south of Arkansas River and Texas. Have got wheat, and made 500 sacks of flour in two weeks, but will need supplies when they get here. Has the train started? I shall be on the Arkansas immediately.
WM. A PHILLIPS,
SAINT LOUIS, MO., April 10, 1863.
General-in-Chief, Washington, D. C.:
MY DEAR GENERAL: I thank you for the order sending me to the Army of the Cumberland, and for your efforts to secure my promotion. There is a powerful combination of military and political aspirants in this department, whose success requires my removal from any important command here, and sufficiently unscrupulous to resort to any means that might be necessary to accomplish it. I was aware of my inability to withstand such attacks as might be expected from these men, and hence desired t be separated from them before it was too late. I am as willing as anybody to be sacrificed when any god is to be accomplished by it but do not like to be slaughtered for nothing. Had General Summer lived to take command here, I should have been glad to remain here; as it is, it would be deep humiliation to me, without any probable chance of good to the service.
I make these remarks because of a letter just received from professor Barlett, in which he mentions having received one from you containing a reference to a letter you had written me a few weeks before. I did not receive the letter you refer to.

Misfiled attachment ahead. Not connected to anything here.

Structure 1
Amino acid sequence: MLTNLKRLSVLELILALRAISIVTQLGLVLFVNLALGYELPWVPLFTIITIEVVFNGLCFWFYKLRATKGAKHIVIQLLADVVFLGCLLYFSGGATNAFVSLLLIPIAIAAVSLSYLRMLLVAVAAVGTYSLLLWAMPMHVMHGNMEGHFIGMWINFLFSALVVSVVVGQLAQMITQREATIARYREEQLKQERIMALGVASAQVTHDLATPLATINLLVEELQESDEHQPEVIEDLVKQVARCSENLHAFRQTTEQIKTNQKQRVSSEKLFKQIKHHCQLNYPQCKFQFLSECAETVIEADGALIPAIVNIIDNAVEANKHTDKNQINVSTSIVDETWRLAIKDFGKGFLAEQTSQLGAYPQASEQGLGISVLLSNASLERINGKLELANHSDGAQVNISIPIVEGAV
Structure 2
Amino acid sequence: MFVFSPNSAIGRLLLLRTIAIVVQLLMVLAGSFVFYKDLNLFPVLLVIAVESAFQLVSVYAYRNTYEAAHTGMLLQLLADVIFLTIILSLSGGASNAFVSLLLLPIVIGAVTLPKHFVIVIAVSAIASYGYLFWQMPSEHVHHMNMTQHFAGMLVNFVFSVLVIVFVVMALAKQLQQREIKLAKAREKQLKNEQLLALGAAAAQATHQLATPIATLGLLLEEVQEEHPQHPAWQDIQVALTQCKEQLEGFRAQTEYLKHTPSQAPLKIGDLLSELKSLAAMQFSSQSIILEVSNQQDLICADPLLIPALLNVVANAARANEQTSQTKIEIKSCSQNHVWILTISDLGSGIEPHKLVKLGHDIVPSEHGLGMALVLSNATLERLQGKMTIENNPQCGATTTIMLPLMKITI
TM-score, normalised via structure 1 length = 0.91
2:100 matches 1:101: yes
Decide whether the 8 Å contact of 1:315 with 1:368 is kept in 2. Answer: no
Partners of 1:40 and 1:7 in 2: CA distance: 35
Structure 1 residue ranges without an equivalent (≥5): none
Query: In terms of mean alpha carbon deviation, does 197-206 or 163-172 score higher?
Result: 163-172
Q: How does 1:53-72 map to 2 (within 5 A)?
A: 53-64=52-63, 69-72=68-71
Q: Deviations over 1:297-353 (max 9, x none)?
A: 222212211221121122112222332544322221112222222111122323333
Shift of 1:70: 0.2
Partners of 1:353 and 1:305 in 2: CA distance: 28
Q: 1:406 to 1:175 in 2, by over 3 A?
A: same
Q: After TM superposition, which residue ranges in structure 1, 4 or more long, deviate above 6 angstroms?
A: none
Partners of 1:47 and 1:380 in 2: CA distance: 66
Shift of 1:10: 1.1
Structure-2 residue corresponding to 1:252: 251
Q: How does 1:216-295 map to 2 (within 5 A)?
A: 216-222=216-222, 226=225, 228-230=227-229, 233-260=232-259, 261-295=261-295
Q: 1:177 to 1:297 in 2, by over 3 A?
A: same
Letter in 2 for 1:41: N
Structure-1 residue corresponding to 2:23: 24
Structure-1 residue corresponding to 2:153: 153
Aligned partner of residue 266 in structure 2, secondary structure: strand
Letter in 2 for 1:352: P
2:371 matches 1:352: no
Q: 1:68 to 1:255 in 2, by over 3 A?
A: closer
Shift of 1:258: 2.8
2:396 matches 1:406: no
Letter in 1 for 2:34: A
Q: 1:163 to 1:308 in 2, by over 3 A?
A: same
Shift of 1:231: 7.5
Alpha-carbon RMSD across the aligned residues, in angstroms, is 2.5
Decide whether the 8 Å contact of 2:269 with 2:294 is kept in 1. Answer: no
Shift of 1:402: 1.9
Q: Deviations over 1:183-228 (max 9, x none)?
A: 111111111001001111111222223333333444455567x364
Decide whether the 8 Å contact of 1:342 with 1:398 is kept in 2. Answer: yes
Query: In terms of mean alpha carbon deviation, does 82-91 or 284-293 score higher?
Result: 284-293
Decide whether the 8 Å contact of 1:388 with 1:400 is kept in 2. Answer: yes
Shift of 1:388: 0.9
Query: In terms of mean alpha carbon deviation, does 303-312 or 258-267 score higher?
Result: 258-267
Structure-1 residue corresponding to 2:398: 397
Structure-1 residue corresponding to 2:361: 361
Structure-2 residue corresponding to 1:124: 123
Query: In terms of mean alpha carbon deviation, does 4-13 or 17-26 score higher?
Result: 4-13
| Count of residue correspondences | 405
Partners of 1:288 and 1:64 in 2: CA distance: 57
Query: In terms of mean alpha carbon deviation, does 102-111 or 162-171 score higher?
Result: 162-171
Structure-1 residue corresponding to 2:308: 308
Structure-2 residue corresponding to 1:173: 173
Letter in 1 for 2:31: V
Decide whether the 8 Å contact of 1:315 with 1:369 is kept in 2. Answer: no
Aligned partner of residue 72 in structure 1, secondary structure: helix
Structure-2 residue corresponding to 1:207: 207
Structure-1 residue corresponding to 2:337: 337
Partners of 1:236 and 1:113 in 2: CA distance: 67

Please accept my hearty thanks for the kindness you have always shown me.
Your sincere friend,
J. M. SCHOFIELD.
HEADQUARTERS DEPARTMENT OF THE MISSOURI,
Saint Louis, Mo., April 10, 1863.
Major General JAMES G. BLUNT,
GENERAL: Yours of the 6th was duly received. I have directed Weer to be arrested. Send on your charges. General Ewing's report corroborates your statements.
Efforts are made to confound the "Red Legs" with our Federal troops, and prejudice your command of a part of Missouri. I therefore sent the telegram to which you refer. I told everybody you would be better able to put down the "Red Legs." As to moving the Thirteenth, that must be delayed until we get back some of the troops end away by Weer. I have also news of a movement by Marmaduke, and we cannot tell where he may turn up. He gave out that he was moving against Pilot Knob, but he may be going quite a different way. It is pretty certain he has moved over to this side of White River and moved north. It is also pretty certain that Price is trying to muster forces for a movement northward. Our troops must be completely fitted for a fight, and you must get all the new recruits you can. I am trying to get a complete outfit for a battery which has been mustered at Fayetteville. Harrison informs me that Johnson's regiment is full, and they have commenced